Michael Kors: A Value-Growth Combo You Can't Ignore

| About: Michael Kors (KORS)

The share price of Michael Kors (NYSE:KORS) has declined by 11% from its 52-week high achieved in February. I believe investors should add shares at the current price level given the company's strong fundamental momentum and cheap valuation. My bullish view is supported by the following reasons:

1. Despite the fact that Michael Kors' consensus revenue, EBITDA and EPS growth estimates for the current and next fiscal years have experienced multiple upward revisions over the past 12 months (see charts below), the stock's forward P/E multiple has compressed by 46% over the period, which implies a compelling buying opportunity (see chart below).

2. Michael Kors' valuation is cheap relative to its comps'. Let's first look at the comparison with Coach (NYSE:COH), the company's closest competitor (see chart below). Michael Kors' consensus revenue, EBITDA, and EPS growth estimates are considerably above Coach's levels. On the profit side, however, Michael Kors' various figures are below the peer benchmarks. In terms of liquidity, Michael Kors has a lower free cash flow margin, but the firm's current and quick ratios are markedly above those of Coach, reflecting a very healthy balance sheet condition.

Michael Kors' current price multiples at 13.7x and 25.8x are much higher than Coach's trading multiples. Given Michael Kors' much stronger growth potential, the valuation premium is completely justifiable. After accounting for the 5-year earnings growth estimate, Michael Kors' PEG ratio of 0.7x is 38% below Coach's, implying that Michael Kors' relatively weaker profitability and free cash flow margins have been priced in (see chart above).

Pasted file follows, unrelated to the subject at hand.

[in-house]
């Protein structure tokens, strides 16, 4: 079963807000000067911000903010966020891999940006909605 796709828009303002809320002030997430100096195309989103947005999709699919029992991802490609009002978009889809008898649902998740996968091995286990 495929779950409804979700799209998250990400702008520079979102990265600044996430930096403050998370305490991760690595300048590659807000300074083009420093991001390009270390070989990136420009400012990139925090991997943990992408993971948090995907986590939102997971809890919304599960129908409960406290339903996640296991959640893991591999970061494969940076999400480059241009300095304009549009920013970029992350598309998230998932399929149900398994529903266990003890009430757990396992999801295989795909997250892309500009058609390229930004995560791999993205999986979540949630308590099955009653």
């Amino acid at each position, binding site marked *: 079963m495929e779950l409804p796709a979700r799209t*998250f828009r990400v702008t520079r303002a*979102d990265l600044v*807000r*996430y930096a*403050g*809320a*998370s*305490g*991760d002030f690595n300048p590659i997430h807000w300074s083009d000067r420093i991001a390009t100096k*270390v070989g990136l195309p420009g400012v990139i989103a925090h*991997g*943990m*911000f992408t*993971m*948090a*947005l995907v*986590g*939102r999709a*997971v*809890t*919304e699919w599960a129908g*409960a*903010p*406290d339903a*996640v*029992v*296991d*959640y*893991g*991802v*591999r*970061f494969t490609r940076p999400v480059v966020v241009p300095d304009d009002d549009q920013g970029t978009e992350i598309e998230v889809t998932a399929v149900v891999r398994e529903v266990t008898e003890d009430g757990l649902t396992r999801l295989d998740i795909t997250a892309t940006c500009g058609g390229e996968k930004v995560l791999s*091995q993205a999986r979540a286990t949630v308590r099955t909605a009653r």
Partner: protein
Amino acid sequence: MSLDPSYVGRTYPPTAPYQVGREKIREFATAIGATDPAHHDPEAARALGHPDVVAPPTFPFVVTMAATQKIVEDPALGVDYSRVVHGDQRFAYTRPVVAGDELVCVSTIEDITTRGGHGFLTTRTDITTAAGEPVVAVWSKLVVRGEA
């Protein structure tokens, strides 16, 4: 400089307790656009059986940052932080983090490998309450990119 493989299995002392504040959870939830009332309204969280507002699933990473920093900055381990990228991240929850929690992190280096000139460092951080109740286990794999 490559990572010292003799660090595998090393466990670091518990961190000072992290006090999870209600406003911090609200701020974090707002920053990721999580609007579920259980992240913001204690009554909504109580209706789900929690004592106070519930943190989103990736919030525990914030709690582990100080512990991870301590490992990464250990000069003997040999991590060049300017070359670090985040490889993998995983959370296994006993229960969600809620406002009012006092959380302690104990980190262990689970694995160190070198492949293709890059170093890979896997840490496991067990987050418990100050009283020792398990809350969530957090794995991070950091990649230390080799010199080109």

By performing the same analysis for Lululemon Athletica (NASDAQ:LULU) (see chart below), which shares the closest growth profile to the company, one would draw a similar conclusion. Michael Kors outperforms Lululemon in terms of growth potential and profitability, however, its valuation multiples are all trading at a deep discount to Lululemon's figures, suggesting an attractive valuation level.

3. Michael Kors has been riding a strong fundamental momentum since its IPO. The company exceeded its consensus revenue and EPS estimates in each of the past five quarters and the out performance was quite significant in most of the quarters (see charts below).

4. Analysts are very bullish on the stock. Of the total 17 ratings compiled by Thomson One, there are 10 strong buy and five buy ratings. Their average one-year price target at $73.0 is 26% above the current share price. Given that Michael Kors should command an approximately 17% cost of equity based on the capital asset pricing model, the average price target implies that the stock is modestly undervalued (see chart below).

5. Wells Fargo Securities initiated its coverage on Michael Kors on May 6, with the following investment theses, which I tend to agree with (sourced from Thomson One, Equity Research):

1. The company has among the best momentum in retail, both on the top- and bottom-line.

2. In addition to its opportunity to double its store base in the U.S., it has barely scratched the surface internationally. Results are very strong in Europe and this is encouraging for both European opportunities and those in Asia.

3. Operating margin can still expand further from the 28% we expect it to achieve in 2013.

4. It effectively has no e-commerce business but plans to bring it in-house in 2014, which should drive a significant boost to revenue.

5. Valuation is extremely attractive, in our view, for a company with its square footage growth prospects. It's cheaper than lululemon and growing faster, and we believe handbags and accessories are more portable than LULU's yoga-inspired apparel.

Bottom line, in the light of Michael Kors' strong fundamental, promising growth prospects, as well as its cheap valuation, the current stock price is in the buying zone.

All charts are created by the author except for the consensus estimate tables, which are sourced from S&P Capital IQ, and all financial data used in the article and the charts is sourced from S&P Capital IQ unless otherwise specified.

Disclosure: I am long KORS. I wrote this article myself, and it expresses my own opinions. I am not receiving compensation for it (other than from Seeking Alpha). I have no business relationship with any company whose stock is mentioned in this article.